1. Russian forces bolster defenses against Ukraine’s counteroffensives in the east
Russian forces are continuing to gather in eastern Ukraine to bolster defenses against ongoing Ukrainian counteroffensives near the Kharkiv-Luhansk Oblast region.
According to the think tank, the Institute of the Study of War, the move is also designed to support limited offensive efforts in the Donetsk region.
Russian forces have also conducted limited counterattacks near Svatove in order to regain positions, lost in earlier stages of the war.
Russian war bloggers claimed that the Kreminna front, especially along the Makiivka-Kreminna line, is an exceptionally challenging front with the exception of Bakhmut.
Russian forces are continuing ground attacks around Bakhmut, to the east of the Donetsk Oblast.
The ISW says that an unnamed US military official stated that the Wagner Group and Russian forces are engaged in intense battles to capture Bakhmut and are committing significant resources to maintain the peace but noted that Ukrainian forces “continue to hold the line.”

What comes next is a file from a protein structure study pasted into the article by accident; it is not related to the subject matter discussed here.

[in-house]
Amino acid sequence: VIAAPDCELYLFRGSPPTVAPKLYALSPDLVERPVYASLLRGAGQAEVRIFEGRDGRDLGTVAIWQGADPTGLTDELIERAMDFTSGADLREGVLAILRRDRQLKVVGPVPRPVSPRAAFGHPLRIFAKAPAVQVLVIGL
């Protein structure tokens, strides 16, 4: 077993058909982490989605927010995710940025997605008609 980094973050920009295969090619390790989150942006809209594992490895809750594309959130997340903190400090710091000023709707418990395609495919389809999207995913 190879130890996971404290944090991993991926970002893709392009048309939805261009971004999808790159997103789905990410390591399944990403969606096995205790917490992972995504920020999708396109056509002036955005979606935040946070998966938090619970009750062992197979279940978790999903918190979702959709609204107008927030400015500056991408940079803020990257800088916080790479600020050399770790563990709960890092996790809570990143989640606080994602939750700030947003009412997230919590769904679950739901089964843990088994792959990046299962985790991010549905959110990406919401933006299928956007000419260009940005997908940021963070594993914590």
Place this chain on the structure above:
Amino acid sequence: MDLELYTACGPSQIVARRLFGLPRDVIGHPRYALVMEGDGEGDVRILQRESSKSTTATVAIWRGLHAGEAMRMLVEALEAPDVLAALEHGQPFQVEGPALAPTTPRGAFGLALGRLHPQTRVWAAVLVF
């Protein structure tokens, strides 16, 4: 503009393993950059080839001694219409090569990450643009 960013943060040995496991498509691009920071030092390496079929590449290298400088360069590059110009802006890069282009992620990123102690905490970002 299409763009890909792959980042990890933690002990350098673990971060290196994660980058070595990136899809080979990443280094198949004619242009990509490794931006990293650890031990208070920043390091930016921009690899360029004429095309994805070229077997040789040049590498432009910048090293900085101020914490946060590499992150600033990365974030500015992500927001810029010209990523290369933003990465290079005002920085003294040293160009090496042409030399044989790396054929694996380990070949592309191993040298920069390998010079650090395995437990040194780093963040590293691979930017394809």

Ukrainian Defense Minister Oleksii Reznikov stated that Ukraine intends to continue counteroffensives in the winter months.
Meanwhile, Ukrainian forces continue to target Russian military assets and logistical hubs along critical ground lines of communication (GLOCs) in southern Ukraine.
Ukrainian forces have reportedly damaged a key bridge outside the southern city of Melitopol, which is seen as a key objective for Kyiv.
The bridge is essential to resupply Russian forces in Southern Ukraine, as part of a highway, which runs from Russia along Ukraine’s southern coastline via Mariupol, Berdiansk and Melitopol.
The increase in Ukrainian pressure on Russian forces in Melitopol appears to be following a similar pattern that was used in Kherson before its liberation, with the targeting of both Russian troops and supply lines, including logistics links to Crimea.
2. Kyiv’s allies pledge €1 billion to support war-torn country
Around 70 countries and institutions meeting in Paris pledged just over €1 billion to help Ukrainians survive frigid winter conditions, as well as to help maintain the country’s water, food, energy, health and transport, French Foreign Minister Catherine Colonna said.
France hosted the global meeting to discuss what could be offered to Ukraine between now and March.